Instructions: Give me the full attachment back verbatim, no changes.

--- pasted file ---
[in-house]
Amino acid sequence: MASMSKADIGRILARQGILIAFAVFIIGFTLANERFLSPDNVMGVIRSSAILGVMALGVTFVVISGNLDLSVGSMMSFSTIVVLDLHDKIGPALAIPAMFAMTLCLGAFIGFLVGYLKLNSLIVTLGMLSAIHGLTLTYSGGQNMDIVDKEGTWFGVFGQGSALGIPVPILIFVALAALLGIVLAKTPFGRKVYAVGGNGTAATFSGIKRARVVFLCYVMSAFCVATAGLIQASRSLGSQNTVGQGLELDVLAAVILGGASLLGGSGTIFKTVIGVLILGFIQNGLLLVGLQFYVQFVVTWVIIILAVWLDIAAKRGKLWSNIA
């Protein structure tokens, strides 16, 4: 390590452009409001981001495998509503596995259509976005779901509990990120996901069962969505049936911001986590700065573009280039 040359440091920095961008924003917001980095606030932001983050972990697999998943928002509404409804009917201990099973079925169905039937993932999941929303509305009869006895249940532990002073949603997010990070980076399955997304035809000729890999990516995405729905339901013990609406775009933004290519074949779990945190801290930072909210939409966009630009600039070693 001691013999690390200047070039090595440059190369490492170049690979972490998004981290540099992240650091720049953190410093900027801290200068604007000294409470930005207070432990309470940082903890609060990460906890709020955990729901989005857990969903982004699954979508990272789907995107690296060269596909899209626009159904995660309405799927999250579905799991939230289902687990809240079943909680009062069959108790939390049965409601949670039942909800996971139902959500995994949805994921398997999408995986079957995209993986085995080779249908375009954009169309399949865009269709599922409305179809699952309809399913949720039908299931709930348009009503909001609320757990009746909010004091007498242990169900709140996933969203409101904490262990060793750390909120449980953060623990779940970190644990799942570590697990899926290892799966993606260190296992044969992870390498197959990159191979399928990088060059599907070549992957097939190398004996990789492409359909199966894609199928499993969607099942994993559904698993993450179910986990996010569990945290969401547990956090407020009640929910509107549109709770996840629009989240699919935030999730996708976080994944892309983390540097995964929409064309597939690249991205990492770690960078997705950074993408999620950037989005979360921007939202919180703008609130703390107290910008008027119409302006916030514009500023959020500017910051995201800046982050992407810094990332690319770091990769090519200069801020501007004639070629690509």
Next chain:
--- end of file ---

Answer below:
[in-house]
Amino acid sequence: MASMSKADIGRILARQGILIAFAVFIIGFTLANERFLSPDNVMGVIRSSAILGVMALGVTFVVISGNLDLSVGSMMSFSTIVVLDLHDKIGPALAIPAMFAMTLCLGAFIGFLVGYLKLNSLIVTLGMLSAIHGLTLTYSGGQNMDIVDKEGTWFGVFGQGSALGIPVPILIFVALAALLGIVLAKTPFGRKVYAVGGNGTAATFSGIKRARVVFLCYVMSAFCVATAGLIQASRSLGSQNTVGQGLELDVLAAVILGGASLLGGSGTIFKTVIGVLILGFIQNGLLLVGLQFYVQFVVTWVIIILAVWLDIAAKRGKLWSNIA
């Protein structure tokens, strides 16, 4: 390590452009409001981001495998509503596995259509976005779901509990990120996901069962969505049936911001986590700065573009280039 040359440091920095961008924003917001980095606030932001983050972990697999998943928002509404409804009917201990099973079925169905039937993932999941929303509305009869006895249940532990002073949603997010990070980076399955997304035809000729890999990516995405729905339901013990609406775009933004290519074949779990945190801290930072909210939409966009630009600039070693 001691013999690390200047070039090595440059190369490492170049690979972490998004981290540099992240650091720049953190410093900027801290200068604007000294409470930005207070432990309470940082903890609060990460906890709020955990729901989005857990969903982004699954979508990272789907995107690296060269596909899209626009159904995660309405799927999250579905799991939230289902687990809240079943909680009062069959108790939390049965409601949670039942909800996971139902959500995994949805994921398997999408995986079957995209993986085995080779249908375009954009169309399949865009269709599922409305179809699952309809399913949720039908299931709930348009009503909001609320757990009746909010004091007498242990169900709140996933969203409101904490262990060793750390909120449980953060623990779940970190644990799942570590697990899926290892799966993606260190296992044969992870390498197959990159191979399928990088060059599907070549992957097939190398004996990789492409359909199966894609199928499993969607099942994993559904698993993450179910986990996010569990945290969401547990956090407020009640929910509107549109709770996840629009989240699919935030999730996708976080994944892309983390540097995964929409064309597939690249991205990492770690960078997705950074993408999620950037989005979360921007939202919180703008609130703390107290910008008027119409302006916030514009500023959020500017910051995201800046982050992407810094990332690319770091990769090519200069801020501007004639070629690509």
Next chain: